October 12

Our Zoo – June Mottershead

Our Zoo 2When George Mottershead moved to the village of Upton-by-Chester in 1930 to realise his dream of opening a zoo without bars, his four-year-old daughter June had no idea how extraordinary her life would become. Soon her best friend was a chimpanzee called Mary, lion cubs and parrots were vying for her attention in the kitchen, and finding a bear tucked up in bed was no more unusual than talking to a tapir about granny’s lemon curd. Pelican, penguin or polar bear – for June, they were simply family.

The early years were not without their obstacles for the Mottersheads. They were shunned by the local community, bankruptcy threatened and then World War Two began. Nightly bombing raids turned the dream into a nightmare and finding food for the animals became a constant challenge. Yet George’s resilience, resourcefulness and tenacity eventually paid off. Now over 80 years since June first set foot in the echoing house, Chester Zoo has achieved worldwide renown.

Here, in her enthralling memoir, June Mottershead chronicles the heartbreak, the humour, the trials and triumphs, above all the characters, both human and animal, who shaped her childhood.

 

Thank you to Bookbridgr and Headline for providing a copy for review

Start with the confession: I don’t watch much television so I have not seen the BBC dramatization of this story. But this is a positive for review purposes as it means the book stands on its own and I am not influenced why what may or may not have appeared in the television show. I believe this is relevant as in her book June Mottershead notes that chimps are no longer allowed to be used in television shows yet her chimp Mary was a prominent part of her childhood. Already I feel the book is providing a more accurate depiction of June’s life and that I am getting the FULL story.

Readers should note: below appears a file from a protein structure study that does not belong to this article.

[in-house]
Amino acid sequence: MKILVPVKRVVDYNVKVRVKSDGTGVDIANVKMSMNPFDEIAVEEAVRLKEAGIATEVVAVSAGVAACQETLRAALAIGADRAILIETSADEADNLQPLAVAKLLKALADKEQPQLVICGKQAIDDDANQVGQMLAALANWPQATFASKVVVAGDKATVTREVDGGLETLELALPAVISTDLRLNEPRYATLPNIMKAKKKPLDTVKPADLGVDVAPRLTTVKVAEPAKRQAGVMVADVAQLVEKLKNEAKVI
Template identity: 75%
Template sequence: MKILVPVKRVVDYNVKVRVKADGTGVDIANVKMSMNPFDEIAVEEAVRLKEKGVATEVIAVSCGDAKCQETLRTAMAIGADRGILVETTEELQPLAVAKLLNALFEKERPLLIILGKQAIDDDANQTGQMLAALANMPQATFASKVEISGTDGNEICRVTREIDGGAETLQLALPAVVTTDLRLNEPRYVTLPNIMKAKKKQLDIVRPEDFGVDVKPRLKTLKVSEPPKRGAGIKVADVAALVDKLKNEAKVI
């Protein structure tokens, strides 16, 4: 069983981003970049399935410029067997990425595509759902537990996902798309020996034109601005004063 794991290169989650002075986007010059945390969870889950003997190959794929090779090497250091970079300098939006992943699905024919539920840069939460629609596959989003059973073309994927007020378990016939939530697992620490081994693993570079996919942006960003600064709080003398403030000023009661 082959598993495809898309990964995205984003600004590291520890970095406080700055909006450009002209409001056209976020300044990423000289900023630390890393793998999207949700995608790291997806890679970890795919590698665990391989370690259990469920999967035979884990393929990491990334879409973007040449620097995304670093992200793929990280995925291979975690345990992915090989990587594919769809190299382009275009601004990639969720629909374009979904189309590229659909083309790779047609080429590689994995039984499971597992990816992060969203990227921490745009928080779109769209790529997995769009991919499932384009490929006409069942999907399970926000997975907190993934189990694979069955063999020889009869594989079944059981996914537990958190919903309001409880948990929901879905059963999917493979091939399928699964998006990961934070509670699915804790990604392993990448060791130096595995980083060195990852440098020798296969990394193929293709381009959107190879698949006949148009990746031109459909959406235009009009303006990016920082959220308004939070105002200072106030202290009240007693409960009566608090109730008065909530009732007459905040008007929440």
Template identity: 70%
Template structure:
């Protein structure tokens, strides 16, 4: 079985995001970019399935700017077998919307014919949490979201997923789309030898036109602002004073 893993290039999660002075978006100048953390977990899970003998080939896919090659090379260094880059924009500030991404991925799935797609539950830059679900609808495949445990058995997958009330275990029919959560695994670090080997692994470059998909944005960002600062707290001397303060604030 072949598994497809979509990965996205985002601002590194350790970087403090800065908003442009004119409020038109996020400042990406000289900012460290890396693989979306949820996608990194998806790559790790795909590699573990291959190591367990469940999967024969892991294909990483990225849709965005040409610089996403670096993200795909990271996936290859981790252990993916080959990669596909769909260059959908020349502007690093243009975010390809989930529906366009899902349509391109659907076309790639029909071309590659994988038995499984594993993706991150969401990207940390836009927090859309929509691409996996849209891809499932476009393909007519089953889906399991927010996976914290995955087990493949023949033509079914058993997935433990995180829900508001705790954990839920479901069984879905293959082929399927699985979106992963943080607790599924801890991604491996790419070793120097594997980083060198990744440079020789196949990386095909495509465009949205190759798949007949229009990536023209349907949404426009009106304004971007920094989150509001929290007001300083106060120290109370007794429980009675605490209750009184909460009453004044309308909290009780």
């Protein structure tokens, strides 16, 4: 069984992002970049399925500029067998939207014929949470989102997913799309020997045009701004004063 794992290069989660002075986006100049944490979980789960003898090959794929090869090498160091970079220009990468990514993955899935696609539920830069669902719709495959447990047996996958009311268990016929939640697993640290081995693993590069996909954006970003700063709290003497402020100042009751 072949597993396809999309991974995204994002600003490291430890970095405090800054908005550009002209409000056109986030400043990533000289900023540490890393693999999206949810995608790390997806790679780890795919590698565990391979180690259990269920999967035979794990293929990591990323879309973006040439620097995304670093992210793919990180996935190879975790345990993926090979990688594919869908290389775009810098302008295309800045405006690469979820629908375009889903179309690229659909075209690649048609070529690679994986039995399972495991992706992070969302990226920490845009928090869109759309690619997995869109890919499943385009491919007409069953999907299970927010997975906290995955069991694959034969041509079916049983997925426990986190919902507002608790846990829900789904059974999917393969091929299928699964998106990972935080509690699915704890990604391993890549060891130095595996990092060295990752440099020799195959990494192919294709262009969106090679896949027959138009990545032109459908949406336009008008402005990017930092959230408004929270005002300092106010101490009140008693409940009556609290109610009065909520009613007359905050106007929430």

Our Zoo is written in a delightfully chatty style. You could almost believe that you are sitting with the author as she reminisces over her childhood memories. The love and affection for dozens of the animals that came into the zoo seeps off the page and you laugh and cry with the events that unfold as you too become part of their world.

As Chester Zoo was built to be educational I found reading Our Zoo to be equally informative. The author has a wealth of knowledge which seeps through into her writing. Facts on animal care, trivia on the numerous animals that feature and some social history of 20th Century Britain all find their way into the book and make the reading experience much richer and engaging.

There are amusing anecdotes (monkey on the bus) which had me laughing aloud as I read them. Yet there are stories which horrified and had me questioning the sanity of some people’s actions and trotting out the clichéd ‘you wouldn’t get away with that these days’.

Quick word of warning: try not to get too emotionally invested into this book – so many accidents and deaths which befall beloved animals (and on occasion people) it is an emotional wringer! Such is the love that June bestows upon some of the charges at the Zoo that the sense of loss when they leave her care is tangible for the reader.

A heart-warming story of a small zoo struggling to find its feet and battling to survive – a beautiful story which I would recommend to anyone.


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Posted October 12, 2014 by Gordon in category "From The Bookshelf